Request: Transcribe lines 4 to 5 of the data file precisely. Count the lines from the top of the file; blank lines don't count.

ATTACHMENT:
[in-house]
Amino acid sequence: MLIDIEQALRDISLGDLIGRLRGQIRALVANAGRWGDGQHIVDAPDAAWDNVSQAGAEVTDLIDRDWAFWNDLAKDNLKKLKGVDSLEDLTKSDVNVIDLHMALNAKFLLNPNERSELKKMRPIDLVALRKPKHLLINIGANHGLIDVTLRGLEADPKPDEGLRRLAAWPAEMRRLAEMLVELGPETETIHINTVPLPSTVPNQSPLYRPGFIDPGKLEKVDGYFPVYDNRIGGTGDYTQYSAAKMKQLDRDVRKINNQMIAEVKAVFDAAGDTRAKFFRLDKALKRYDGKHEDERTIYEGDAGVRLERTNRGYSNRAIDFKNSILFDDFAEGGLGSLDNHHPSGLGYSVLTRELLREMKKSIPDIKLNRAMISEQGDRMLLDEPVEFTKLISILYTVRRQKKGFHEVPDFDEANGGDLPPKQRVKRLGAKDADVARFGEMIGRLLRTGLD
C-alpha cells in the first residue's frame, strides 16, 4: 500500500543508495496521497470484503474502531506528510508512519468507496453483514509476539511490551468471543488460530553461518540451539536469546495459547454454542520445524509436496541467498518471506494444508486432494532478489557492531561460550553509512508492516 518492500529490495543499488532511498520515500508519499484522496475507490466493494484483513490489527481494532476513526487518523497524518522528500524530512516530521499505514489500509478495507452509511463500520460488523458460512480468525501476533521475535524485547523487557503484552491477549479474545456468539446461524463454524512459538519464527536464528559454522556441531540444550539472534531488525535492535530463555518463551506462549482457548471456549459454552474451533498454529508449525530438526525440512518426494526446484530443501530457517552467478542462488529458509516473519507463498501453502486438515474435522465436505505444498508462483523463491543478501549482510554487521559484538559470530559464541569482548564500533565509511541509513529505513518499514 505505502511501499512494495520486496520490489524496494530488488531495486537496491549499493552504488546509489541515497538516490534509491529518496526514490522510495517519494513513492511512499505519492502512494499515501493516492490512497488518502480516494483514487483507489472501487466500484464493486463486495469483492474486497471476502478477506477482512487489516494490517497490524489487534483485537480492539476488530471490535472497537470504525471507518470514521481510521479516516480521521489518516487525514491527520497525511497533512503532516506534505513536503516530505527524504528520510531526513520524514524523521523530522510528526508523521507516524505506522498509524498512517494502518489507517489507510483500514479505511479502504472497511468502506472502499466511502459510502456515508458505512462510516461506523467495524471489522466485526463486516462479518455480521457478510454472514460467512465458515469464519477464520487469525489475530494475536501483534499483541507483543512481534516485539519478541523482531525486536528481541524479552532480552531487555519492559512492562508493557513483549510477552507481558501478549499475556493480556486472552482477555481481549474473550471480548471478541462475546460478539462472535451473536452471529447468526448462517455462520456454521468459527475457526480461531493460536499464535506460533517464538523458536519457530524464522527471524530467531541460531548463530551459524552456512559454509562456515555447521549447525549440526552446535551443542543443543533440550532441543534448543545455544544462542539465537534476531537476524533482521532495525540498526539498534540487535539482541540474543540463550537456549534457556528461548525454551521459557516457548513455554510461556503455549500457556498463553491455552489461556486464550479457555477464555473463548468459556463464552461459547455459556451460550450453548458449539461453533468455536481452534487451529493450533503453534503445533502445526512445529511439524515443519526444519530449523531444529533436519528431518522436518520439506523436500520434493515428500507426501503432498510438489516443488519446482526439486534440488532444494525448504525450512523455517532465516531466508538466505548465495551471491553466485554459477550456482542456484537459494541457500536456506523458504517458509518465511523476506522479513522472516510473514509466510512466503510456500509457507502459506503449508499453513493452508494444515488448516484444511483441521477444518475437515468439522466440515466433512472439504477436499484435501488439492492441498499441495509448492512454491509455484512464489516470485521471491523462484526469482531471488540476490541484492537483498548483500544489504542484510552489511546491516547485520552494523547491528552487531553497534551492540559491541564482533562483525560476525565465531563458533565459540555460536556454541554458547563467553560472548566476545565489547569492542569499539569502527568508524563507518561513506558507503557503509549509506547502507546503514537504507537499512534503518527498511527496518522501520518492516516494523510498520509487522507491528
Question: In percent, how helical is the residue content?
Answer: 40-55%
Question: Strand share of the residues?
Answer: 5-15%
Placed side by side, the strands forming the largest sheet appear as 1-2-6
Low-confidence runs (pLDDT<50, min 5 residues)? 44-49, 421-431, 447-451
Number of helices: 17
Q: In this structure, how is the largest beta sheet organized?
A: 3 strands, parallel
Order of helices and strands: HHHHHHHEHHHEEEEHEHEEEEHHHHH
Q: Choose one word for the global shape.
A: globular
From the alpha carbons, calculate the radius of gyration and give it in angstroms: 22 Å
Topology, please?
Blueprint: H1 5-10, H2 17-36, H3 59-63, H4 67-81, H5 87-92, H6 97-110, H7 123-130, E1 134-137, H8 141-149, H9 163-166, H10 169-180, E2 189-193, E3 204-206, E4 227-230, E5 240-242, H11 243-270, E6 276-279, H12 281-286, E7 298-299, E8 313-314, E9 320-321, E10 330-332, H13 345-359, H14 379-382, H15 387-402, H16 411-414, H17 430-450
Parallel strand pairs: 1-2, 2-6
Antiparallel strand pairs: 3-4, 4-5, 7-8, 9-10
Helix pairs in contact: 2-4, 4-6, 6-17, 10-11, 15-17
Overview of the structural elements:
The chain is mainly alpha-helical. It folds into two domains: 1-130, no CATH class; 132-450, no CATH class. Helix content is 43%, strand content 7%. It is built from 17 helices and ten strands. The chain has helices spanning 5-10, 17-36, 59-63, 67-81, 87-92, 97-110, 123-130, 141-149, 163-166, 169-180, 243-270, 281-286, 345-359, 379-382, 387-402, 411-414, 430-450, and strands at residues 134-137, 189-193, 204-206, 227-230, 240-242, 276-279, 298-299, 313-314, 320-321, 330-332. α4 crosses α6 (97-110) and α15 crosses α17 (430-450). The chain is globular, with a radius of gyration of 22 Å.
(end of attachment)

Question: In percent, how helical is the residue content?
Answer: 40-55%